6. There are still fixed rate bonds paying very attractive high yields. Buying these bonds adds certainty to portfolios as income is fixed for the life of the bond.
  7. Add inflation linked bonds. The margins these bonds pay over inflation is approaching term deposit rates. Should inflation spike, income will follow, protecting capital value.


The contents of this document are copyright. Other than under the Copyright Act 1968 (Cth), no part of it may be reproduced or  distributed to a third party without FIIG’s prior written permission other than to the recipient’s accountants, tax advisors and lawyers for the purpose of the recipient obtaining advice prior to making any investment decision. FIIG asserts all of its intellectual property rights in relation to this document and reserves its rights to prosecute for breaches of those rights.

Certain statements contained in the information may be statements of future expectations and other forward-looking statements. These statements involve subjective judgement and analysis and may be based on third party sources and are subject to significant known and unknown uncertainties, risks and contingencies outside the control of the company which may cause actual results to vary materially from those expressed or implied by these forward looking statements. Forward-looking statements contained in the information regarding past trends or activities should not be taken as a representation that such trends or activities will continue in the future. You should not place undue reliance on forward-looking statements, which speak only as of the date of this report. Opinions expressed are present opinions only and are subject to change without further notice.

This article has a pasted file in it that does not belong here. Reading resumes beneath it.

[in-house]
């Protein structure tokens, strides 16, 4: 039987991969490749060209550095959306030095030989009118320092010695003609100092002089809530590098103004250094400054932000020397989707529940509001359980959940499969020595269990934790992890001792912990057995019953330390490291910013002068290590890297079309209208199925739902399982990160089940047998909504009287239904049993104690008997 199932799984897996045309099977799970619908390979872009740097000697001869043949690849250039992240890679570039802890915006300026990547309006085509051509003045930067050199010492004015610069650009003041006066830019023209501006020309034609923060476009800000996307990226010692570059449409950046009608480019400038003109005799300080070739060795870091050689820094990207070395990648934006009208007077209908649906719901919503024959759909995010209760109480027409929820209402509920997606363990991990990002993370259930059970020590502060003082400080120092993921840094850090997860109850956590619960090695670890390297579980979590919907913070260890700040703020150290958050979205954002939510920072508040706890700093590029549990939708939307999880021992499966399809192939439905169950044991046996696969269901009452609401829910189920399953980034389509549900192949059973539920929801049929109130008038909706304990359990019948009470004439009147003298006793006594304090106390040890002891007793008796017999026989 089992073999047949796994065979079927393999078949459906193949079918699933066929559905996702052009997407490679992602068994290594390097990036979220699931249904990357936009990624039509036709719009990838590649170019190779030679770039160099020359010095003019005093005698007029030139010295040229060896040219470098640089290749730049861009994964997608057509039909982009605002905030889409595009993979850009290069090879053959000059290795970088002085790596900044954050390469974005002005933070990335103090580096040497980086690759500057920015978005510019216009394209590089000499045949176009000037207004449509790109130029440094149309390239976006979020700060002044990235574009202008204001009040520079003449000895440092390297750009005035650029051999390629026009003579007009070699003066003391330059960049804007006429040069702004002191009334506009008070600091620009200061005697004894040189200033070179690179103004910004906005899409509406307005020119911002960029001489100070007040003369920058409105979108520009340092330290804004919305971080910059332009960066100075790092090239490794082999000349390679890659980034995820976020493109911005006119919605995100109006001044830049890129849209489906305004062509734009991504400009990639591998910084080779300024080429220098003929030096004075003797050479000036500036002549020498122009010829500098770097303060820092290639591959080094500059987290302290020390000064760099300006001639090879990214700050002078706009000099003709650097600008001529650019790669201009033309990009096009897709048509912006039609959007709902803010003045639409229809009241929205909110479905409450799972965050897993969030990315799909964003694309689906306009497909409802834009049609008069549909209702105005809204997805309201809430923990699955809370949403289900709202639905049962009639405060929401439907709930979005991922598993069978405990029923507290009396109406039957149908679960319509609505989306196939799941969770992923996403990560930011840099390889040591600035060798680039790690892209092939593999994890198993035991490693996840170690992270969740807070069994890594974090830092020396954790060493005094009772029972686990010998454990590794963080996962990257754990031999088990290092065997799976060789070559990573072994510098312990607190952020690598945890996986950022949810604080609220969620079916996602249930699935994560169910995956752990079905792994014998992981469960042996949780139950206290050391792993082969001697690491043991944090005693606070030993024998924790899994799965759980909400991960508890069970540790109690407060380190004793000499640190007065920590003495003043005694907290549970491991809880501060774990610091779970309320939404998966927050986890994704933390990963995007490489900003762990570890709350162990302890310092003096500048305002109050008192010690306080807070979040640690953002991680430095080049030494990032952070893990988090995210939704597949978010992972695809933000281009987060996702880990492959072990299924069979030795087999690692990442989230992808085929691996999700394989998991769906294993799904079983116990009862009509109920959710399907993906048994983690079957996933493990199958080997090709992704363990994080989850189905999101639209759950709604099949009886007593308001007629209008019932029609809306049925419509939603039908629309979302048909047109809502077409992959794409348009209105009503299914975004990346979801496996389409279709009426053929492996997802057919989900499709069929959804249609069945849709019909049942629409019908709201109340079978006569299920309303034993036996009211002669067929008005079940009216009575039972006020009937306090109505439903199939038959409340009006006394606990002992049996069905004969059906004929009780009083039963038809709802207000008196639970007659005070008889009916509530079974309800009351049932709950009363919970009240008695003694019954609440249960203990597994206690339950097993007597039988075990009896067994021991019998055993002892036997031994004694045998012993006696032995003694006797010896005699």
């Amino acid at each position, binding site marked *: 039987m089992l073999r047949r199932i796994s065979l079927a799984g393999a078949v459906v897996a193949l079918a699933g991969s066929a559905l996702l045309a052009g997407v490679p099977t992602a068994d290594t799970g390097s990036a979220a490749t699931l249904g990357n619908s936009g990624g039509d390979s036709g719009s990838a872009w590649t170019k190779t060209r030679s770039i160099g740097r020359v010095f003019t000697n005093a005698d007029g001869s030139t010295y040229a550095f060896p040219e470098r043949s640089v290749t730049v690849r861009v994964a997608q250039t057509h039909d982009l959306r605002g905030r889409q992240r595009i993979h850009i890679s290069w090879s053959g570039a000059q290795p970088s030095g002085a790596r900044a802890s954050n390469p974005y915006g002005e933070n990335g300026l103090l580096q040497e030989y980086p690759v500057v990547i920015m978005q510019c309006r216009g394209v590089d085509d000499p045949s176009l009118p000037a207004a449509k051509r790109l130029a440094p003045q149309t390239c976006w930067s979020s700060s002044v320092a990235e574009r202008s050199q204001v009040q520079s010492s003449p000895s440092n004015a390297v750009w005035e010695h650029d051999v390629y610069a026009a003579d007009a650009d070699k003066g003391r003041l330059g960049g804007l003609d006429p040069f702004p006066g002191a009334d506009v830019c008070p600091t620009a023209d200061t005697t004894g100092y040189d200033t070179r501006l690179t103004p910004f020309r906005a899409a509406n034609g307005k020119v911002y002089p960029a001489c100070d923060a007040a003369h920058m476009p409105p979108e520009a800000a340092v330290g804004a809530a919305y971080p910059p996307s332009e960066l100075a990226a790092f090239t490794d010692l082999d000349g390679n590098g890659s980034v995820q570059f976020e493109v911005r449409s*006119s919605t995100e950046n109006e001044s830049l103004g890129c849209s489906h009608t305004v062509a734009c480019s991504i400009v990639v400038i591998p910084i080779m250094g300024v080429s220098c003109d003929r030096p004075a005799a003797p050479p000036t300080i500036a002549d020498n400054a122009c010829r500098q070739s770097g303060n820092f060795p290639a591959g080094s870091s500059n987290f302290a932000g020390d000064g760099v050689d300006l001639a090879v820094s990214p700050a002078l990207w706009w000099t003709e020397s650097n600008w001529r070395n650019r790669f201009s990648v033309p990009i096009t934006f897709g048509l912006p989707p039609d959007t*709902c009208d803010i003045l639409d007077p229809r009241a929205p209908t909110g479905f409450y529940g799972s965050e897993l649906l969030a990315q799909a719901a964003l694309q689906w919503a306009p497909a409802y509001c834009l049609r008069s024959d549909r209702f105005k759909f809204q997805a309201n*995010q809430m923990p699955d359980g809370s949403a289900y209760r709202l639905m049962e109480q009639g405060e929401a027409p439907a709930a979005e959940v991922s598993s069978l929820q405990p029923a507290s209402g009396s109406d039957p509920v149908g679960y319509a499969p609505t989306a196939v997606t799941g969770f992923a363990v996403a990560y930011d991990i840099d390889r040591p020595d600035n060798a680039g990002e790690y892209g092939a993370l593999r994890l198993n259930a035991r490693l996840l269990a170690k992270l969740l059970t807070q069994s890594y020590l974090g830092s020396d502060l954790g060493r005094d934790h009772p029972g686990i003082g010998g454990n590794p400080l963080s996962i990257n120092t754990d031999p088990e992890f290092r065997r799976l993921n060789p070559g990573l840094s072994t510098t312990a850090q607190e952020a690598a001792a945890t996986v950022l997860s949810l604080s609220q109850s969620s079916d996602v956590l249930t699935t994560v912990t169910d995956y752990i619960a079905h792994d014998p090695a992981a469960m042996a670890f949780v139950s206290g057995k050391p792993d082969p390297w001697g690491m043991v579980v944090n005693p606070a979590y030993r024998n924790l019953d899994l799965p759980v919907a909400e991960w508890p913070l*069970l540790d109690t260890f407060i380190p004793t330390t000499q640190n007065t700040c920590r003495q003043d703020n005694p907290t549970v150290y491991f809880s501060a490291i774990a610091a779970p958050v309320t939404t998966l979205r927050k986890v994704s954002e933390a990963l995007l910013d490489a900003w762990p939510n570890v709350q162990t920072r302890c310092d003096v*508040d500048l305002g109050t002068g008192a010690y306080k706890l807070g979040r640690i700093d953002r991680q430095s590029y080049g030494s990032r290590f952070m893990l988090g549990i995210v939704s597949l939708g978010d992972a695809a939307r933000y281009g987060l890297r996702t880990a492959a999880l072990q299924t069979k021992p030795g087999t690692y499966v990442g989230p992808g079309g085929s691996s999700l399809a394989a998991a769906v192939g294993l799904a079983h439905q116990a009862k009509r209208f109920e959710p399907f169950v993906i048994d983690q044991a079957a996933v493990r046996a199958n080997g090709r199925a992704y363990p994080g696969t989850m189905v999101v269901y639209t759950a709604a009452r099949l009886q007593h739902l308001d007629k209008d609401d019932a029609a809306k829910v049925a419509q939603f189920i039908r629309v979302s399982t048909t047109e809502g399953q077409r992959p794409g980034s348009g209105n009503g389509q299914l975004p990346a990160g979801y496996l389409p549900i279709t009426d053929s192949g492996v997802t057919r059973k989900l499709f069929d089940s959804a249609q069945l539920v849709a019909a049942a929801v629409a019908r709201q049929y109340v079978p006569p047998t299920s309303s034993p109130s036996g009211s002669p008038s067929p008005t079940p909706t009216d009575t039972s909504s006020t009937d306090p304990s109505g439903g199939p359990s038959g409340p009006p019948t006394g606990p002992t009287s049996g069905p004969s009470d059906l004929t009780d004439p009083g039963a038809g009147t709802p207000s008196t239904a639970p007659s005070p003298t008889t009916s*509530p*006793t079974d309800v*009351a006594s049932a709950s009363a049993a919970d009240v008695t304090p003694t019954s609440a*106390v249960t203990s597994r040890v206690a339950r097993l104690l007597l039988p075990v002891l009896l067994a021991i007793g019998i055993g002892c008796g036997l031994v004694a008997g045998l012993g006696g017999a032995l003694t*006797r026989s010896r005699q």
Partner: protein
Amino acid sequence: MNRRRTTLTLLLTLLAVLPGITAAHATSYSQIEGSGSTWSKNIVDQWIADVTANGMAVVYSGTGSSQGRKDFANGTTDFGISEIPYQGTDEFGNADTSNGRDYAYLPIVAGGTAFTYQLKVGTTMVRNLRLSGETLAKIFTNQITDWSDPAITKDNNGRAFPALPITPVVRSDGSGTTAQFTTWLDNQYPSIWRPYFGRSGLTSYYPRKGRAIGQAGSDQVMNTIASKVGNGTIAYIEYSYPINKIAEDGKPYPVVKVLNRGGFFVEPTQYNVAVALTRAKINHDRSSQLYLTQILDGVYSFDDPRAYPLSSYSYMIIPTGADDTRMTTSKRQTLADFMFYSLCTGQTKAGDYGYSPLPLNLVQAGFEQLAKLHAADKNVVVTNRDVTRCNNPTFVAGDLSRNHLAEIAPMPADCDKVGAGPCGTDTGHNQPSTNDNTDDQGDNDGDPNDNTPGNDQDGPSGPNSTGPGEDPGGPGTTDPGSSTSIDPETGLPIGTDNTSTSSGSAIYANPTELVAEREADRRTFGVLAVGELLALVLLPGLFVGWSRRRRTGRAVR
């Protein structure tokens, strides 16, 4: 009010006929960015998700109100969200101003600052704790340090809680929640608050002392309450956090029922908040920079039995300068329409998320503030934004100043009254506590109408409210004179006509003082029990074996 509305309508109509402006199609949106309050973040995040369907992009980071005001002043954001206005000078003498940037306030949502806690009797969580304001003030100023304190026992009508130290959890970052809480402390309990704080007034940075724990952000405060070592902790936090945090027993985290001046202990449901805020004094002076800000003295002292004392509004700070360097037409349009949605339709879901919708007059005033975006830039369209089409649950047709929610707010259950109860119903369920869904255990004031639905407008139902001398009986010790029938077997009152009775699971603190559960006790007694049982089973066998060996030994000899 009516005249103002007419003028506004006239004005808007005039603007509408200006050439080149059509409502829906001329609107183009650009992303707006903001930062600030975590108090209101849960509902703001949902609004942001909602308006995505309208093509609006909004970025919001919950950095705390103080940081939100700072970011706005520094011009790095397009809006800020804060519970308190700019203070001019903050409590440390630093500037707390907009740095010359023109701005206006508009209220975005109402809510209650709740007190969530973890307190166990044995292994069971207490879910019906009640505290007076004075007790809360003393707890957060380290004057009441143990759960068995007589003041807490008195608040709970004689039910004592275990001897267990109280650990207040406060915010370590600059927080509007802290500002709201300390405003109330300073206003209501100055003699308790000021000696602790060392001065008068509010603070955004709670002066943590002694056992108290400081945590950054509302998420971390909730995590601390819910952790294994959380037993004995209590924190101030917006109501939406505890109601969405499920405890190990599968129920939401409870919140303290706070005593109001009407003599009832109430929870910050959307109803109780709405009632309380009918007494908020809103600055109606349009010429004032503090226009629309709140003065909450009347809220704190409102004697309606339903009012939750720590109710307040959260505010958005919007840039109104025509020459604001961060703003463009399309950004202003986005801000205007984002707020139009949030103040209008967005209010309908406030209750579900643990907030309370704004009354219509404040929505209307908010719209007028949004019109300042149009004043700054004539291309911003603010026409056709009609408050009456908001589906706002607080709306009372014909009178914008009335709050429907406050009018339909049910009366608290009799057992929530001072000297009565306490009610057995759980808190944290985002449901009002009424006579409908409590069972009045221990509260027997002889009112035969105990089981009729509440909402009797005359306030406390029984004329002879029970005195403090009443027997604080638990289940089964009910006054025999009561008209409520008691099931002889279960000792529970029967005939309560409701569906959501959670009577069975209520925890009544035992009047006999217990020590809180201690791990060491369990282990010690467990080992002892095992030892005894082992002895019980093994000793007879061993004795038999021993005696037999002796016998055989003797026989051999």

No representation or warranty is given as to the accuracy or completeness of the information contained herein. There is no obligation to update, modify or amend the information or to otherwise notify the recipient if information, opinion, projection, forward-looking statement, forecast or estimate set forth herein, changes or subsequently becomes inaccurate.

FIIG shall not have any liability, contingent or otherwise, to any user of the information or to third parties, or any responsibility whatsoever, for the correctness, quality, accuracy, timeliness, pricing, reliability, performance or completeness of the information. In no event will FIIG be liable for any special, indirect, incidental or consequential damages which may be incurred or experienced on account of the user using information even if it has been advised of the possibility of such damages.